The SCAMPI family of appraisals includes Class A, B, and C appraisal methods. All result in findings that describe the strengths and weaknesses of your organization’s process based on CMMI best practices. If you know these classes, you can make better decisions about which type of appraisal to use for your process improvement program.
SCAMPI A is the most rigorous method and the only one that can result in a rating. It is usually conducted for a formal benchmark when a significant number of processes have been implemented. SCAMPI A requires a certified lead appraiser to manage the appraisal team at the organization’s site.
SCAMPI B is less formal and requires fewer activities than a SCAMPI A. It helps an organization to understand, with a relatively high degree of confidence, its progress toward a target CMMI maturity level or target capability profile. It can be used to predict the likelihood that the evaluated practices will be rated as “satisfactorily implemented” in a SCAMPI A appraisal. Model scope is not limited to the process areas but could include sets of related practices.
SCAMPI C is shorter, more flexible, and costs less than SCAMPI A and B appraisals. It is used to assess the adequacy of planned approaches to process implementation and to provide a quick gap analysis between the organization’s processes and CMMI practices. SCAMPI C can be scoped at any level of granularity and the scale can be tailored to the appraisal objectives, which might include the fidelity of observed practices to model or goal achievement or the return on investment to the organization from implementing practices.
Reliability, rigor, and cost may go down from A to B to C, but risk may go up.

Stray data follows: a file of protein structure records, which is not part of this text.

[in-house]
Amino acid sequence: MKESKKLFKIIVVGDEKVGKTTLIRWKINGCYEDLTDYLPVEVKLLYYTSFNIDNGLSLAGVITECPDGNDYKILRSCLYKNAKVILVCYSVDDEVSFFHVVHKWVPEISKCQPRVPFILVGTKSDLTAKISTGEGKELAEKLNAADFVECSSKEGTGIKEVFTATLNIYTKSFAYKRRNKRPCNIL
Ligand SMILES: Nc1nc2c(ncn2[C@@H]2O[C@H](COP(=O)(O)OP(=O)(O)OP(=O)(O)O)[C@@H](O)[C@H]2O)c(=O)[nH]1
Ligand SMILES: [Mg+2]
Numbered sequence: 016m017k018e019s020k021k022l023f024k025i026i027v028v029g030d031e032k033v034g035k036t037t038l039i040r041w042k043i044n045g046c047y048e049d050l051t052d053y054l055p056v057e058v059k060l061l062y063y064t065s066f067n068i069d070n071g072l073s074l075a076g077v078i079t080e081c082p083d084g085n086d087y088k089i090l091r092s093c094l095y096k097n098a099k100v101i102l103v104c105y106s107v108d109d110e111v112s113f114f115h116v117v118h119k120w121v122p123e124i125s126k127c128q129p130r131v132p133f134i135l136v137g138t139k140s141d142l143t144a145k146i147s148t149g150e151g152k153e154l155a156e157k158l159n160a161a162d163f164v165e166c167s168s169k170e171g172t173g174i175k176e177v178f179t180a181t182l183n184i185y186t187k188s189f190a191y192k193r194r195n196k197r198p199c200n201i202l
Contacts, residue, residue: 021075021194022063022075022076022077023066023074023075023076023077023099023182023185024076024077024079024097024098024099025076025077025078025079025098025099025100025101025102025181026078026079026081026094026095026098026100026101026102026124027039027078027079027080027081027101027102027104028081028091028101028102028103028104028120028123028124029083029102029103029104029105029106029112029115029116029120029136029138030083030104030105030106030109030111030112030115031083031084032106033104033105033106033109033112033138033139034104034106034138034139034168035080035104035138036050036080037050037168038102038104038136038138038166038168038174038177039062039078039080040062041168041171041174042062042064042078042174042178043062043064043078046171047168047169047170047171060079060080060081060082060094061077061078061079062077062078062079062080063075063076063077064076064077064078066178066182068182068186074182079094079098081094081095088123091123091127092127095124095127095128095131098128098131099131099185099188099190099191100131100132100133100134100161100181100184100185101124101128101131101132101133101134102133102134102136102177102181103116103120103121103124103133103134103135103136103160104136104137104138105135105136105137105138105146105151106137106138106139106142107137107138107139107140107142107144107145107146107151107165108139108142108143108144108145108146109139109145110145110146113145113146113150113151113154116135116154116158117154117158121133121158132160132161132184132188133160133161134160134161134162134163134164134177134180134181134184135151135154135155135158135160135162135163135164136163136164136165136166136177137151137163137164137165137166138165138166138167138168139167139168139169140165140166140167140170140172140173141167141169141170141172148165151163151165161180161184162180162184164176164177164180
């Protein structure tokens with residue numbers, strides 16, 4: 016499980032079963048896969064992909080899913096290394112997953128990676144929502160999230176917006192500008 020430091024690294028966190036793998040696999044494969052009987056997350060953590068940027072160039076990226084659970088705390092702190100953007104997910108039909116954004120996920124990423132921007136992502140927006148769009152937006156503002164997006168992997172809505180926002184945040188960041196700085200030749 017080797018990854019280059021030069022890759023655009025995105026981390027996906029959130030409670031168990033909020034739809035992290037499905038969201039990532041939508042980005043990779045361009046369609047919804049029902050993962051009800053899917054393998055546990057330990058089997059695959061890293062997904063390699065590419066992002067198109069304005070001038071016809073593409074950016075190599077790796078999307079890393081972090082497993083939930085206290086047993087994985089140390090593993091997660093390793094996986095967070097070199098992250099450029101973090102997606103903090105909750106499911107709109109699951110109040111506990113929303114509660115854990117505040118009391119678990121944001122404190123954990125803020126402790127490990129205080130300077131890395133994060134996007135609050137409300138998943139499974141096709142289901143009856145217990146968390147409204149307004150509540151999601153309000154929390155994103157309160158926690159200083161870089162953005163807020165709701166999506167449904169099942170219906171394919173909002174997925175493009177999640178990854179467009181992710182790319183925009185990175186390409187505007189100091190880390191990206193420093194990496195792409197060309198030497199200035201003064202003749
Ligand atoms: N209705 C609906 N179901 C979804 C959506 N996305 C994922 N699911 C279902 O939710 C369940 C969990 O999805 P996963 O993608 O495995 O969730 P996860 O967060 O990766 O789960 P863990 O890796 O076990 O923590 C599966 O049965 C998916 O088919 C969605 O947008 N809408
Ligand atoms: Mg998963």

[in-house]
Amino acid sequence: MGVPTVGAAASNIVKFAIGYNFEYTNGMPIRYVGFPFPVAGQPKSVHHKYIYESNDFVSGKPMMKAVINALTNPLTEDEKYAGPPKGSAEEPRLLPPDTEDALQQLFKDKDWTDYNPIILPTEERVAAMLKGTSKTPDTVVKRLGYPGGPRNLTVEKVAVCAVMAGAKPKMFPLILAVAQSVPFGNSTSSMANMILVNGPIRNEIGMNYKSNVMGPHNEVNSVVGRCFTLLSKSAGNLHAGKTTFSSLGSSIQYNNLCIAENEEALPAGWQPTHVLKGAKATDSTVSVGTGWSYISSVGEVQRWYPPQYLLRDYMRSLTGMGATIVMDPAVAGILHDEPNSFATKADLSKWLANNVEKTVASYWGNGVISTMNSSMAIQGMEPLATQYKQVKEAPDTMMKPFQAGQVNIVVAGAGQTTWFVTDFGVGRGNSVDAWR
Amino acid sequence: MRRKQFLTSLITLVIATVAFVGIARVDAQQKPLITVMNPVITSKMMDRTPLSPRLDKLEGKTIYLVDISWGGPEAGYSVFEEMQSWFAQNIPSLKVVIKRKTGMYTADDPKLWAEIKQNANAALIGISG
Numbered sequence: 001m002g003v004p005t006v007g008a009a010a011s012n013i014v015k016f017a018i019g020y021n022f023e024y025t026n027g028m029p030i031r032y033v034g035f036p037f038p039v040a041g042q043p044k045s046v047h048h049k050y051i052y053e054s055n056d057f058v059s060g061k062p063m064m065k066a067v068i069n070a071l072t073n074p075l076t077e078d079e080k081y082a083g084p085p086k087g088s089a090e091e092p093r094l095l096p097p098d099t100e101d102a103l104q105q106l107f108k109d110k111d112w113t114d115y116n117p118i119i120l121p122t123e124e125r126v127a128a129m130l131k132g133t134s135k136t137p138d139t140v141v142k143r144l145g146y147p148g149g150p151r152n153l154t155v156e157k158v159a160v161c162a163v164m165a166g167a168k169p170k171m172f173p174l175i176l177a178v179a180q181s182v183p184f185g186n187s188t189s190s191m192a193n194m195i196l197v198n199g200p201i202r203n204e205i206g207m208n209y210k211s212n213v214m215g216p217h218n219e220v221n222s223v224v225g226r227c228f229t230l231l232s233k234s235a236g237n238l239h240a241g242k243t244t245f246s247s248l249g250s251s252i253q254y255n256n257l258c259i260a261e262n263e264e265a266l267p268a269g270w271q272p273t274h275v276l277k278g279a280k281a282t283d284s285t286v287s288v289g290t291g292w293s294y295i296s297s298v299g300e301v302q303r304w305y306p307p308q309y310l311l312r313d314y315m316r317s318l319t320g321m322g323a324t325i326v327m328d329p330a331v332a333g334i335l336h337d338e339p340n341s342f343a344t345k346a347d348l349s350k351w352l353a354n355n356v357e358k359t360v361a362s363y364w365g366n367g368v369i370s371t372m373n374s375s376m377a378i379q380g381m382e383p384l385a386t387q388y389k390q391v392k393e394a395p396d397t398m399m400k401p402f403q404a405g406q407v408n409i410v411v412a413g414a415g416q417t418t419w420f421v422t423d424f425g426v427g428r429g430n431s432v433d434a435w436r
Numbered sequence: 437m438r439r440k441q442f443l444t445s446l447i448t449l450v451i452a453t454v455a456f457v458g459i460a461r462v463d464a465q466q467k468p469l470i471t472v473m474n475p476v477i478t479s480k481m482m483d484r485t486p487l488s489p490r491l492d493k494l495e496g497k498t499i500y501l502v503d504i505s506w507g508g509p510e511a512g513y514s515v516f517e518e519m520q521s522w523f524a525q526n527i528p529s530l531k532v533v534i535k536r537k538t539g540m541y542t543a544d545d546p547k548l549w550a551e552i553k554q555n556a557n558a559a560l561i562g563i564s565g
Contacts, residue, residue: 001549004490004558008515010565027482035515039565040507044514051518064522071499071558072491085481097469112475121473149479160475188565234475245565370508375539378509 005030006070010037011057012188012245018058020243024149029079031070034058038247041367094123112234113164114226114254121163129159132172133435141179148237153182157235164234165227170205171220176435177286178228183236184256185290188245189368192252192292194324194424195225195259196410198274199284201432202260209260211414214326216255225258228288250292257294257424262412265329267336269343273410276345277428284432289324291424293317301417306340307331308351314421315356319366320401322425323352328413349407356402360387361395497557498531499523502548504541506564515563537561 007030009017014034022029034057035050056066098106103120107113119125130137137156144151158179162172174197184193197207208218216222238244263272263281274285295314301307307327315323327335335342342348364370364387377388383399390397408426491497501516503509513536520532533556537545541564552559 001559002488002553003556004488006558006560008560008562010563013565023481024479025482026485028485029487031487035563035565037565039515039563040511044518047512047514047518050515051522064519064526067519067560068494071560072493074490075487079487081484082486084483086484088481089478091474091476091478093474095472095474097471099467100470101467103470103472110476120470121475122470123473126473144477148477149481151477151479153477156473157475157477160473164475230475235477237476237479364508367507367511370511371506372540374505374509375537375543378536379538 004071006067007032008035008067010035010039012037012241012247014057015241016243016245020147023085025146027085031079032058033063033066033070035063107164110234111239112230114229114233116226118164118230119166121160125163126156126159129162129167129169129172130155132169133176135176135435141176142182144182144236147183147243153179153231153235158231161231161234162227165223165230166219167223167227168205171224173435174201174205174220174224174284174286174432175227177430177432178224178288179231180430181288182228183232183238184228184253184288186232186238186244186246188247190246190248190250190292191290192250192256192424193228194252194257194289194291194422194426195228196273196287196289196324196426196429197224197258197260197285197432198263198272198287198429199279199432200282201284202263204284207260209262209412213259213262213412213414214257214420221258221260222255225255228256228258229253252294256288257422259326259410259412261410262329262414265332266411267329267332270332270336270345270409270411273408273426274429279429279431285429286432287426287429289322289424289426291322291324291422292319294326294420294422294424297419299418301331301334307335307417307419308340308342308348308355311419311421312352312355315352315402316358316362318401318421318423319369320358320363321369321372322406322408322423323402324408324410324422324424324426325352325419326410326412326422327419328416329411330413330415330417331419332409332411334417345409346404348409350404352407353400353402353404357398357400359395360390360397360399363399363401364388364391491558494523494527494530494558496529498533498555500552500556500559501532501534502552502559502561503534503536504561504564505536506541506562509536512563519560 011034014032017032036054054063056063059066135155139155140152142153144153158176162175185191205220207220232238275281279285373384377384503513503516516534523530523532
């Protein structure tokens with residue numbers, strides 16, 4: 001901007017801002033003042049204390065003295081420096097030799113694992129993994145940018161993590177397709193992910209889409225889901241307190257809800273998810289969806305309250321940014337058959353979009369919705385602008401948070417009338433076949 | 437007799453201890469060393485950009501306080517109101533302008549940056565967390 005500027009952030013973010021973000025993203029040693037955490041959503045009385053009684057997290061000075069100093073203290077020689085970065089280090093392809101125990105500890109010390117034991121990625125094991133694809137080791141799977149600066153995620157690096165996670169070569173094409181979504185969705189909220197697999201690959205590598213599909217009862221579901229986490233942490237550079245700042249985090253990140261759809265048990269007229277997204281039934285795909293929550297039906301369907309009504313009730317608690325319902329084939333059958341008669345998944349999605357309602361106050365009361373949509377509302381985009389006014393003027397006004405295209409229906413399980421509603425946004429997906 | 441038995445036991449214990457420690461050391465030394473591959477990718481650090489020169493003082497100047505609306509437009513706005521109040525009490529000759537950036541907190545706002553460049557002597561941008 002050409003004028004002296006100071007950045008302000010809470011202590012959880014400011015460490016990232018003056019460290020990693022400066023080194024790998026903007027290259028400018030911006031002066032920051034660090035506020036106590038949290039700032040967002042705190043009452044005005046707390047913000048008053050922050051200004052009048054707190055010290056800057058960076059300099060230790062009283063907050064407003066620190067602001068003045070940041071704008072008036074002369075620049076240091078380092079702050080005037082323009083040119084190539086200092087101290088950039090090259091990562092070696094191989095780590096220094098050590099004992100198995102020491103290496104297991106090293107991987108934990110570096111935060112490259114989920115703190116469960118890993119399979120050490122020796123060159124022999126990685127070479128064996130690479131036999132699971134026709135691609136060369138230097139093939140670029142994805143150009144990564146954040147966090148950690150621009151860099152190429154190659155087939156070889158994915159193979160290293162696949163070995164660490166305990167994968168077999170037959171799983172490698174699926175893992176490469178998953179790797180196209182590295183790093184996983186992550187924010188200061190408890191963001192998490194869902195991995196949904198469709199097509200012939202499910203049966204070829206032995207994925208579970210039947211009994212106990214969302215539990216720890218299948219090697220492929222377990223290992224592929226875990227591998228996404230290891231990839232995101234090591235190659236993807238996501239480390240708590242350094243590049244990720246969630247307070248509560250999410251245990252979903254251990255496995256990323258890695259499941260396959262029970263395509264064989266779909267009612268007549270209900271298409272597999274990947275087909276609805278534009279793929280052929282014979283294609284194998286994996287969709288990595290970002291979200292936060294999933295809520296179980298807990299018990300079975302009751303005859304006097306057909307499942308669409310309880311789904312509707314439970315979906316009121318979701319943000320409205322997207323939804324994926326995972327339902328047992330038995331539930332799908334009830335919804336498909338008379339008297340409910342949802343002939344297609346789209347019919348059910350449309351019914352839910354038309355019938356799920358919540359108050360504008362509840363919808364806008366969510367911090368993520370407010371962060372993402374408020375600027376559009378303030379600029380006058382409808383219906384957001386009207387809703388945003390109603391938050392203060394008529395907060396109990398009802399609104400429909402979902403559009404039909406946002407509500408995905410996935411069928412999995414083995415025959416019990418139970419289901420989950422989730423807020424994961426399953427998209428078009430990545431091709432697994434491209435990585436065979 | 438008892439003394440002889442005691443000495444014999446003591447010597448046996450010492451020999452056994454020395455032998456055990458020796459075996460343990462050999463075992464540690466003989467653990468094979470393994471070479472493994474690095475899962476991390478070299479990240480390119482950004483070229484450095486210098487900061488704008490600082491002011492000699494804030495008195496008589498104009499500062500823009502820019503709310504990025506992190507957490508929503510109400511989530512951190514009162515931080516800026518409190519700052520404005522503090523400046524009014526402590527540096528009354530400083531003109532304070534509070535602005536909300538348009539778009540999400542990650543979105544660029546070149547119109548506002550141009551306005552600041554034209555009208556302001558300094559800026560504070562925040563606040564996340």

|Amount of objective evidence||High||Medium||Low|
For benchmarking against other organizations, appraisals must result in consistent ratings. The SCAMPI family of appraisals is based on the Appraisal Requirements for CMMI (ARC), which defines the requirements for appraisal methods intended for use with CMMI and People CMM reference models. The ARC may also be useful when developing other appraisal methods that are compatible with the CMMI Product Suite or appraisal methods that are compatible with other reference models.
The ARC defines a set of appraisal method classes based on years of experience in the process improvement community. Requirements for each class are based on the attributes associated with that class. Thus, a particular appraisal method may be declared to be an ARC Class A, B, or C appraisal method. The ARC describes a full benchmarking class of appraisal as Class A. Other appraisal methods are more appropriate to other needs, including self-assessments, initial appraisals, quick-look or mini-appraisals, incremental appraisals, and external appraisals.
More about how these different classes of CMMI appraisals are conducted are in the SCAMPI Method Definition Document and the Handbook for Conducting SCAMPI B and C Appraisals.